Updated from 11:14 a.m. EDT
Oil prices rose Tuesday on renewed concerns that demand for refined fuel might outpace supply in the fourth quarter.
The July crude contract, which became the front-month benchmark Monday, closed up 51 cents at $49.67 a barrel on Nymex. Unconfirmed reports about a refinery fire in Texas caused gasoline prices to jump about 3 cents to $1.42 a gallon.
Despite OPEC's efforts to contain prices by boosting production above its formal quotas -- and despite growing inventories in the U.S. -- many analysts continue to see prices heading higher this year.
"There is a real possibility that demand will be higher than supply in the fourth quarter," says David Heikkinen, analyst at Southcoast Capital. For many, the lack of investment in refining capacity, the difficulties accessing large oil reserves, and the consistent ability of small supply disruptions to menace the market are signs that oil prices will remain tight going forward.
Prices are down about 16% since the peak of $58.28 in early April, but are still some $7 higher than this time a year ago.
The Energy Department will release its closely watched weekly inventory report on Wednesday. Analysts are expecting a 1.3 million-barrel build in oil stocks, while gasoline inventories are estimated to rise about 200,000 barrels.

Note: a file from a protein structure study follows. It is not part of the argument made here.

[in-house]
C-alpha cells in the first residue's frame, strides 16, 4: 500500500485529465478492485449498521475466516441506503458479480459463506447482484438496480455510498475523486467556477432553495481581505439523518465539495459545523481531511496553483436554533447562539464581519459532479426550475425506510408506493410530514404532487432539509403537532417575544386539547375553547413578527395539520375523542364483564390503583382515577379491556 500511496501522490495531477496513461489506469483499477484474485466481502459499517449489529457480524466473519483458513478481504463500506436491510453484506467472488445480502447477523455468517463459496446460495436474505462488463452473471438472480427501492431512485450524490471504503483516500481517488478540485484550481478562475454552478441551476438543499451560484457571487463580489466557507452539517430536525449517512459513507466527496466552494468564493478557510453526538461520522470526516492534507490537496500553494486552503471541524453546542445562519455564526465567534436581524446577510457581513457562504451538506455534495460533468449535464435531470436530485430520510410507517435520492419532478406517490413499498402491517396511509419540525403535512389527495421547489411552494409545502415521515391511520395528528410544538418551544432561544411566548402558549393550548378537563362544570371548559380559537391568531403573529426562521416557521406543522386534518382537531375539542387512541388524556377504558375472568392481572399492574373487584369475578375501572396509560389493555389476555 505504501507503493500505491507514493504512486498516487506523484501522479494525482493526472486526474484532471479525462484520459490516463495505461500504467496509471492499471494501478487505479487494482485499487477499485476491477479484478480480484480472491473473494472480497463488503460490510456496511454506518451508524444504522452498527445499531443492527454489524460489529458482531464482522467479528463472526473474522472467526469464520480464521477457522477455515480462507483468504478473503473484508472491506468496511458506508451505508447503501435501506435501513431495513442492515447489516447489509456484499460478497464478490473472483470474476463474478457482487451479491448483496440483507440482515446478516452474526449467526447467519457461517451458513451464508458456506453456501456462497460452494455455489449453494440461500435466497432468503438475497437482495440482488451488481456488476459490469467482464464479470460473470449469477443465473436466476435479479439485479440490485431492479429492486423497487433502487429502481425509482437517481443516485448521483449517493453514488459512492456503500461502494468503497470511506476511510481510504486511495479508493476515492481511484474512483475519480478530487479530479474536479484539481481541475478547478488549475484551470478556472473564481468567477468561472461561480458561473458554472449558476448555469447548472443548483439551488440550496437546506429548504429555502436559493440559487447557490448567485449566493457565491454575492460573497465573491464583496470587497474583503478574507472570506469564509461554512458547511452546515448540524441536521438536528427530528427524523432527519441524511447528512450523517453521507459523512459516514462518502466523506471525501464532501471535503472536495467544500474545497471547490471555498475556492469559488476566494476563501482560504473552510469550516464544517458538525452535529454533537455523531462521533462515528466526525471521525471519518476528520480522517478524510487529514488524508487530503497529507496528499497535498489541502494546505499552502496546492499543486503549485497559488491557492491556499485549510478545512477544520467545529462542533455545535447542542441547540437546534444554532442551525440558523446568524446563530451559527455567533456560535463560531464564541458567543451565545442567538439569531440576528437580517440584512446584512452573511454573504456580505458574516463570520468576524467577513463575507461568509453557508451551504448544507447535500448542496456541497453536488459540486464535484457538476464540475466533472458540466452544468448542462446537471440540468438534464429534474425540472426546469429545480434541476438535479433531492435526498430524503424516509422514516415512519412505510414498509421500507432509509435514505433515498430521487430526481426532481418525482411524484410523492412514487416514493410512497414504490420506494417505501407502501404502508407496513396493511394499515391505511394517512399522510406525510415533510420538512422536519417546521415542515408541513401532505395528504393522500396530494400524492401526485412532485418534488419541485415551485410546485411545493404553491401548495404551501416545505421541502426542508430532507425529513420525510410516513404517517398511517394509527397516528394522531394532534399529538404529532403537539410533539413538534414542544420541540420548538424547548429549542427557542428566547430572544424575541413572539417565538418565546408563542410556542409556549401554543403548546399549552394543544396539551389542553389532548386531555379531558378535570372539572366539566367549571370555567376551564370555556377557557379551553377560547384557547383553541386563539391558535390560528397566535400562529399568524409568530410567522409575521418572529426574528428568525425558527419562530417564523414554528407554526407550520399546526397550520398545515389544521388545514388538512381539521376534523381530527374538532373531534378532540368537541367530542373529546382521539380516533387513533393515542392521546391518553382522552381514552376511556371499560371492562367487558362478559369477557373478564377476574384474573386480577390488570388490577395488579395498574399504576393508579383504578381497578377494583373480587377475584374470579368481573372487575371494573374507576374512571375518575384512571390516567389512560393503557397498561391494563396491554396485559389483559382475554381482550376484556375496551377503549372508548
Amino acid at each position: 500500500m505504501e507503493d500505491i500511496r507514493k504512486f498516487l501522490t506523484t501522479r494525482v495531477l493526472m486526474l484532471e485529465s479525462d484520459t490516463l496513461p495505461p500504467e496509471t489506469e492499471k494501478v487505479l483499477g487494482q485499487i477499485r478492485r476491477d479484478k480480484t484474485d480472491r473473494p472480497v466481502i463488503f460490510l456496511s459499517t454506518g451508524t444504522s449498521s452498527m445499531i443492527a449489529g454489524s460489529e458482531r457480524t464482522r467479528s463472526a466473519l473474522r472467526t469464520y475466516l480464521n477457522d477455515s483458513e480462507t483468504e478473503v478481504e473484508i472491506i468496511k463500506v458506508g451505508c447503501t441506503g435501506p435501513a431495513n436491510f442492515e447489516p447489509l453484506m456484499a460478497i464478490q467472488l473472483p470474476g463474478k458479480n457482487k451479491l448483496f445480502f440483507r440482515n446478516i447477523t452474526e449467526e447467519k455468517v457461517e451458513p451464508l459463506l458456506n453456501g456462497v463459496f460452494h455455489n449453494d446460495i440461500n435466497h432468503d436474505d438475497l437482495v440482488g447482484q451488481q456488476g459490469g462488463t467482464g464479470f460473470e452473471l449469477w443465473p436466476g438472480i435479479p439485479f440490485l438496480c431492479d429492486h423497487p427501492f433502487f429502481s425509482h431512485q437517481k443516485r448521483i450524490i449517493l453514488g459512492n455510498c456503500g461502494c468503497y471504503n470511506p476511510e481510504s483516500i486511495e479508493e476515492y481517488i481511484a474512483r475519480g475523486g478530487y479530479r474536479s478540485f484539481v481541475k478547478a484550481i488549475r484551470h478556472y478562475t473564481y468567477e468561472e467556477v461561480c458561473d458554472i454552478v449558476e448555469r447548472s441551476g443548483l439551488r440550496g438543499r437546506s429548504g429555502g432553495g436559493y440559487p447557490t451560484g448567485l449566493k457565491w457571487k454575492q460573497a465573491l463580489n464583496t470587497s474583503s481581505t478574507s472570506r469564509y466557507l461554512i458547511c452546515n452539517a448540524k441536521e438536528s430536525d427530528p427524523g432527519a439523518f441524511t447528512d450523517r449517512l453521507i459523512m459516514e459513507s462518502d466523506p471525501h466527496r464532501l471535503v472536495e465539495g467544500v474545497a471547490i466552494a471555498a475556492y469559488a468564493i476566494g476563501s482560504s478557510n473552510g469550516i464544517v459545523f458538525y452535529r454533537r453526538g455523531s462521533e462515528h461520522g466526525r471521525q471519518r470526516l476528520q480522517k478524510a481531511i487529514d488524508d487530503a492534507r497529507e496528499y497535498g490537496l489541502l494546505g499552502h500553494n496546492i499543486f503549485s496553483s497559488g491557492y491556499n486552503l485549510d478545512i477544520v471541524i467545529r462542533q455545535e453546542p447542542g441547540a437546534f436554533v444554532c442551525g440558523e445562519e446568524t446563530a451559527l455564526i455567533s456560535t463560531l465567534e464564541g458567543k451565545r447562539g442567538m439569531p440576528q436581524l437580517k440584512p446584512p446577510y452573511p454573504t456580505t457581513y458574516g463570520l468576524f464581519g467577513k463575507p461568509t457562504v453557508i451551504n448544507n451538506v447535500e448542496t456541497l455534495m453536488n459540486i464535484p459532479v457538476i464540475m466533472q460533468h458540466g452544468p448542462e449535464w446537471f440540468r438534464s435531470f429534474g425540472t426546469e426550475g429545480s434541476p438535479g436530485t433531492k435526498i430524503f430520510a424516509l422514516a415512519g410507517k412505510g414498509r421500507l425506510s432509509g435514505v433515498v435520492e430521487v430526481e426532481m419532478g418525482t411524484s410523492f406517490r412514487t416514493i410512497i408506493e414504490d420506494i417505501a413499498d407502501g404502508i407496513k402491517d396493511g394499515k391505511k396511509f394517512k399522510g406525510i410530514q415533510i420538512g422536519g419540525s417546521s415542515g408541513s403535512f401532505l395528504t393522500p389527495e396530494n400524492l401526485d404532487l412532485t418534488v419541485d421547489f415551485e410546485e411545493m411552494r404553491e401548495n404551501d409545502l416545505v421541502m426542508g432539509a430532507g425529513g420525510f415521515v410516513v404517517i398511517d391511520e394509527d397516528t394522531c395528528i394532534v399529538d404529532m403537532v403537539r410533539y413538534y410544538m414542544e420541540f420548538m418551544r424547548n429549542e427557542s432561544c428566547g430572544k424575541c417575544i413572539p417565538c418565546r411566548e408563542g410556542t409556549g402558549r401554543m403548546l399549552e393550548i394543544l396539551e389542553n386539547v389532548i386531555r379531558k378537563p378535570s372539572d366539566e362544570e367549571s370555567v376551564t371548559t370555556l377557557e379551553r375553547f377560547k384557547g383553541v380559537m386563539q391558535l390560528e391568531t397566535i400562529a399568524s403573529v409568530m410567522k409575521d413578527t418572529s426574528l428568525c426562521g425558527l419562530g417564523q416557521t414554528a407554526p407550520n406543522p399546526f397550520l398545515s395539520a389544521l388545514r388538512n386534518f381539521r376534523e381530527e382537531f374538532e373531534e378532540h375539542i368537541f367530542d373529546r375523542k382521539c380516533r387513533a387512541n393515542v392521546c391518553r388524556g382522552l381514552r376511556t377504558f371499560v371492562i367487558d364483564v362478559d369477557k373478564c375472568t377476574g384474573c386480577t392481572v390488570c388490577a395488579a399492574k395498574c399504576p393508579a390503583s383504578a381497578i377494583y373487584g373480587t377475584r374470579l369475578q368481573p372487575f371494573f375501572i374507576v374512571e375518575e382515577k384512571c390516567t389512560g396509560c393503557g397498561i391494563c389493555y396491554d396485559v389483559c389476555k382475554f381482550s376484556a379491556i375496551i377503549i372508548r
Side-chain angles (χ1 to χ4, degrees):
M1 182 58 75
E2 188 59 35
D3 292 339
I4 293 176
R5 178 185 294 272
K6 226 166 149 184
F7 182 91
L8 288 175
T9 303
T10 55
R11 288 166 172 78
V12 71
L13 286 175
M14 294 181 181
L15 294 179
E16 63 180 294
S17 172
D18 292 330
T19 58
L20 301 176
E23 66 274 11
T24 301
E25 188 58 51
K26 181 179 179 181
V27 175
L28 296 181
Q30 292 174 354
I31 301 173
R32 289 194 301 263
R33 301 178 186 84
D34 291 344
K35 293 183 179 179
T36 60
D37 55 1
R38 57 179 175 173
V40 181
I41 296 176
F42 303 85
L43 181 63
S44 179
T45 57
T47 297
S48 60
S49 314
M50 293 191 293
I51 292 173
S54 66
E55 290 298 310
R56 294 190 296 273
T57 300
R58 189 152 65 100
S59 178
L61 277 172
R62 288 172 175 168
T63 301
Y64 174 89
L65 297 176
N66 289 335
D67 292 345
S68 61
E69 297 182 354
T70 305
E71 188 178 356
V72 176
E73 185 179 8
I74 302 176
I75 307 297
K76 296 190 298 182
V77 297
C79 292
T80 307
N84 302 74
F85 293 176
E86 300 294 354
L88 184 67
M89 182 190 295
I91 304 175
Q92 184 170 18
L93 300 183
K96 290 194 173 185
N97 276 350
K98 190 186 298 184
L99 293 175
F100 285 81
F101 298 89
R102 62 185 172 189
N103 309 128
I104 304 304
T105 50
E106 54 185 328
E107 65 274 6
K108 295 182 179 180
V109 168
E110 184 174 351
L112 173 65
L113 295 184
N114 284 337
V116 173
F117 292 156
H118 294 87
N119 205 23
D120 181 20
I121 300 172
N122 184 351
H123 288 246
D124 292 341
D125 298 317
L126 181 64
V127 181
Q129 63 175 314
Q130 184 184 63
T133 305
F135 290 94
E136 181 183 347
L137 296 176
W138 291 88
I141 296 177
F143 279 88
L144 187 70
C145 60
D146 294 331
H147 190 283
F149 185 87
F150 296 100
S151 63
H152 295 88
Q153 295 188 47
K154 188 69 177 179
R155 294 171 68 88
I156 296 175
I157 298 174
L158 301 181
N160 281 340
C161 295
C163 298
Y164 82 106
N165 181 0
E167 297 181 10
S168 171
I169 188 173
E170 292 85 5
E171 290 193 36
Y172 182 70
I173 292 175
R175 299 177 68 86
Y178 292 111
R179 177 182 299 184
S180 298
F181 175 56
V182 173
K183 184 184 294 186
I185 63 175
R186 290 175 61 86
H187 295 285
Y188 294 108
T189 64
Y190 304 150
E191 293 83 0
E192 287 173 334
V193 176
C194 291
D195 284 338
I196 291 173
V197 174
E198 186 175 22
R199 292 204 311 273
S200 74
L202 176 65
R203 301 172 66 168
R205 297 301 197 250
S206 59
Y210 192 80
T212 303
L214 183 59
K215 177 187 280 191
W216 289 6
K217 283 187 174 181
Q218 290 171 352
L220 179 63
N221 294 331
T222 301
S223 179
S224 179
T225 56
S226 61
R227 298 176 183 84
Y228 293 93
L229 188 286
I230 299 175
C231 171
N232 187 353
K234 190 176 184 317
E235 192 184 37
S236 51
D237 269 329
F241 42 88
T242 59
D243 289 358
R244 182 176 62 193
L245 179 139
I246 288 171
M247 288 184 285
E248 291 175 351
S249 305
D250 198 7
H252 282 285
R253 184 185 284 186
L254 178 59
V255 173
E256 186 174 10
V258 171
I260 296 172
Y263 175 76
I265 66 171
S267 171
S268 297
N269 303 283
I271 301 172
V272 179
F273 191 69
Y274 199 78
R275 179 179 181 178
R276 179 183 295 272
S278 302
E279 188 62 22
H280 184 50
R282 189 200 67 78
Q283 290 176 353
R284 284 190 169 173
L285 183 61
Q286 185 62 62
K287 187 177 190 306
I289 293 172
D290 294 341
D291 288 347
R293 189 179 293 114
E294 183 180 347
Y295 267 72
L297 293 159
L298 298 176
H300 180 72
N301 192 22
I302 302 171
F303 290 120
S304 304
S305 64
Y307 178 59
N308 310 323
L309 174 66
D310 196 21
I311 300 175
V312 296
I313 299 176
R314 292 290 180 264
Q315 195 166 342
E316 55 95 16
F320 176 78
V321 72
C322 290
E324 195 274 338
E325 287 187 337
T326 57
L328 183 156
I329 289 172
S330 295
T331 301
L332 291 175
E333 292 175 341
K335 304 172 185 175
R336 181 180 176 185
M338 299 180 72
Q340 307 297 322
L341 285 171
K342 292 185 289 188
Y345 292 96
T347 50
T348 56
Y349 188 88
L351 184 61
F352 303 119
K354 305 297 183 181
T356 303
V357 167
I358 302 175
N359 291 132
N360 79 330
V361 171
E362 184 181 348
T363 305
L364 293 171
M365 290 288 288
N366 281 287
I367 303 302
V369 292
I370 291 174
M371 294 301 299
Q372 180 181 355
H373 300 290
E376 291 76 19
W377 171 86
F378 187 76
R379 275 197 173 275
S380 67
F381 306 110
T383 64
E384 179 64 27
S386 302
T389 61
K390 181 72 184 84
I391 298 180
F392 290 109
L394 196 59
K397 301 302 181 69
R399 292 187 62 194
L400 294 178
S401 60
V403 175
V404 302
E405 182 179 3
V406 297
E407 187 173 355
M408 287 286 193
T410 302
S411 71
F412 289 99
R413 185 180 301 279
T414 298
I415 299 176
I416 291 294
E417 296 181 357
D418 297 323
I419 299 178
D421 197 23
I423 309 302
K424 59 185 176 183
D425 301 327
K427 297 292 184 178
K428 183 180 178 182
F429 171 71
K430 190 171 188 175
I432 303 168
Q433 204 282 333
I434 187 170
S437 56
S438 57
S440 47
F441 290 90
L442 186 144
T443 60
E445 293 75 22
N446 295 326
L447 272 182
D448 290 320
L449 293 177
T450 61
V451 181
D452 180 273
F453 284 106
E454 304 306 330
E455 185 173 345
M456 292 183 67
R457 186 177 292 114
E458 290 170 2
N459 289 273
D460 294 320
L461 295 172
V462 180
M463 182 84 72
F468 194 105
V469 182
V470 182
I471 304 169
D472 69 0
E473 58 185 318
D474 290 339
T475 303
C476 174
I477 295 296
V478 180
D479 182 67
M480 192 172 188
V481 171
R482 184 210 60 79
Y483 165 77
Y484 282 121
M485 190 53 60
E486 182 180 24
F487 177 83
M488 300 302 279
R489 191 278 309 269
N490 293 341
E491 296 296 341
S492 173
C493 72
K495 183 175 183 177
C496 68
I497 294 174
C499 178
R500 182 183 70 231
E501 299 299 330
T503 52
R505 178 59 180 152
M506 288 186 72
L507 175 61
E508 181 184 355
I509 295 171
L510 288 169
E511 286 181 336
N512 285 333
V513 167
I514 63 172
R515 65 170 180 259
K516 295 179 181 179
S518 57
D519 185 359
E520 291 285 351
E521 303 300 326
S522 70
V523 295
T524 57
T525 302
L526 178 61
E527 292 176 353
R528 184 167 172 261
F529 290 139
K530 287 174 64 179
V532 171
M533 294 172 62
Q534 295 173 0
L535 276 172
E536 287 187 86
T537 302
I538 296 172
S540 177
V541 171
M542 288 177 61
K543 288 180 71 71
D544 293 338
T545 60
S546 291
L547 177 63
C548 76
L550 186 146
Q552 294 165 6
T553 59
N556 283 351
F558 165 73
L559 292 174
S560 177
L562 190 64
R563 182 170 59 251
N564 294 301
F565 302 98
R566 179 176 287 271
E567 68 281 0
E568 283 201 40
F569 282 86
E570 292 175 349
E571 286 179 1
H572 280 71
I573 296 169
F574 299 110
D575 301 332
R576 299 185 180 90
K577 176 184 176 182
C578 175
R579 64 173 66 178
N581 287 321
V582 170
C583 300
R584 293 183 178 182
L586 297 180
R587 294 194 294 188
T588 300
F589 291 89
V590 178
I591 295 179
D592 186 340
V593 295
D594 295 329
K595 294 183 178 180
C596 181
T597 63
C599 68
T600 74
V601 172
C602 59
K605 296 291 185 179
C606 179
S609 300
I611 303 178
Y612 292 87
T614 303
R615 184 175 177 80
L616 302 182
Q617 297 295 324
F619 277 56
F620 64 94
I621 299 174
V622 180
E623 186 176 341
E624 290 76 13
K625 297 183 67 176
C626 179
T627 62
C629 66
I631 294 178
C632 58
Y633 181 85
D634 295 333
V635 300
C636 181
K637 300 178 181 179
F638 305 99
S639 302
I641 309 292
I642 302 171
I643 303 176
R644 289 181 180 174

In another message of intentions, Saudi Arabia said it would boost production capacity by 14% to 12.5 million barrels a day by 2009 and build new refineries to meet rising demand,
reported the country's oil minister, Ali al-Naimi, as saying. State-owned Saudi Aramco is developing three "mega oil projects" that could add 3 million barrels a day to the current 1.5 million in spare capacity.
Shares of oil refiners are trading higher Tuesday following media coverage about high refining margins and global lack of refining capacity. The group was led by
, with a 5.35% increase to $42.36;
, which gained 4.47% to $46.36; and
, which added 2.18% to $67.44.
In the drilling universe,
gave investors an update on seven pending drilling deals that are estimated to generate about $1.2 billion in 2006 and beyond. The deals, which are geographically located in the Gulf of Mexico, Brazil and the U.K.'s Northern Sea, are mostly renewals of existing contracts with dayrate increases. Shares rose 93 cents, or 2.22%, to $42.90.
MidAmerican Energy said it will acquire PacifiCorp, a utility company owned by Scottish Power, for $9.4 billion in cash and assumed debt. PacifiCorp sells power in Oregon, Wyoming, Washington, California, Utah and Idaho.
Shares of most major oil producers climbed Tuesday.
rose 0.15%; and